A street troupe caught Al Fisher's eye more than 20 years ago as he shopped at Quincy Market, and as one of Boston's best commercial photographers, he studied the performers with a more penetrating gaze than others who stopped to watch the show.
"They were wonderful, interesting people," Mr. Fisher said in a 1989 interview with the magazine Photo District News of his decision to capture the performers in a series of portraits. "I wanted to pierce the facade and find out who is this person."
Featured in a show at the Robert Klein Gallery in Boston, the images became part of Mr. Fisher's most recognizable fine arts work. Over a quarter century, his photographs were viewed by hundreds of thousands of people who paged through his uniquely crafted shots in print advertisements.
Mr. Fisher, who had also worked as art director for advertising agencies and in recent years set aside photography to resume painting, died in Brigham and Women's Hospital Jan. 9 of complications of a stroke he had suffered the day after Christmas. He was 75 and lived in Charlestown.
"There was this double level of performing going on, the performance of the performer and the performance of Al setting up the photo in his studio, so they were interpretive portraits of the performers," Nick Capasso, senior curator at the DeCordova Museum and Sculpture Park in Lincoln, said of Mr. Fisher'sseries on the clowns, mimes, and musicians. "On one hand, the photographer is trying to reveal truth, but the portrait photographer is always dealing with layers of masks. I think the ultimate challenge for Al was to show the truth and the mask at the same time."
A disciple of photography as it was practiced before the advent of digital cameras, Mr. Fisher excelled at creating platinum prints, a more complex and expensive way of transferring an image from a photo negative to paper that offers a greater range of tones and shades.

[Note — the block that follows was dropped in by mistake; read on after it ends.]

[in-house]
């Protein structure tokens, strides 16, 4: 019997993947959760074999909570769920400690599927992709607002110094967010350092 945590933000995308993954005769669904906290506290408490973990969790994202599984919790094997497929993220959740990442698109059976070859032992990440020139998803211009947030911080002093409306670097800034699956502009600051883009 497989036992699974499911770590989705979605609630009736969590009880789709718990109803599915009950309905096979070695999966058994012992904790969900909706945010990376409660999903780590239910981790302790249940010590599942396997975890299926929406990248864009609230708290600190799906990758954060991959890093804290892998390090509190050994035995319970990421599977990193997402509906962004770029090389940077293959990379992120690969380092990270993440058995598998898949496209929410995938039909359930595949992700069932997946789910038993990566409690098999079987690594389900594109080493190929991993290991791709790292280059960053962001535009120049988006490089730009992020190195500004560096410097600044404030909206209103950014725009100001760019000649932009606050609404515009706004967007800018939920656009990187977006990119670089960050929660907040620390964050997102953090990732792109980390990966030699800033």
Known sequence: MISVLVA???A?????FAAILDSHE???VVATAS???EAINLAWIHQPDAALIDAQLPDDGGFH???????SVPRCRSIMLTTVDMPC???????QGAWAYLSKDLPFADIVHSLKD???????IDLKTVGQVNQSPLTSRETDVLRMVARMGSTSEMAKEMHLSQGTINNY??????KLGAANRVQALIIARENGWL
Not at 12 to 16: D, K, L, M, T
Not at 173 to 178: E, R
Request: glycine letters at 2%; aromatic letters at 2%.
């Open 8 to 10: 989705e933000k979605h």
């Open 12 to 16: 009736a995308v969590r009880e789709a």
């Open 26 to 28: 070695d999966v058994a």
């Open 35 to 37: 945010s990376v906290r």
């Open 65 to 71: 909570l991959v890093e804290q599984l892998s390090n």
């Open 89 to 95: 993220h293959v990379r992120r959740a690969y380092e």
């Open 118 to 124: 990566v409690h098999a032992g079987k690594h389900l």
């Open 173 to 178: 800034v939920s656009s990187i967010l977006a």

"Everything he touched was refined," said Karin Rosenthal, a fine arts photographer in Watertown. "When he had an idea of perfection, he just went for it. Nothing stood in his way."
Having stepped behind the camera after first working his way up through advertising agencies in New York City in the 1950s and '60s, Mr. Fisher brought the encompassing vision of an art director to his photo shoots.
Using a pad, he drew precise illustrations of how his assistants should construct and light scenes. When shooting a portrait, he might visit a home to look at his subject's clothing, furniture, and possessions, then send a truck to bring to his studio what caught his fancy. Placing his subject in a familiar milieu, however, was only part of the preparation.
"He also had a great ability when he was working with people to somehow capture their essence," said Carolyn Ross, a Boston photographer who was Mr. Fisher's assistant for three years. "Not the staged, 'Hi, I'm going to smile for the camera,' but that moment when they actually were at ease and he was able to show who they really were. He had an amazing way of getting people to relax while telling them a story, then - boom, boom, boom - he took the photos."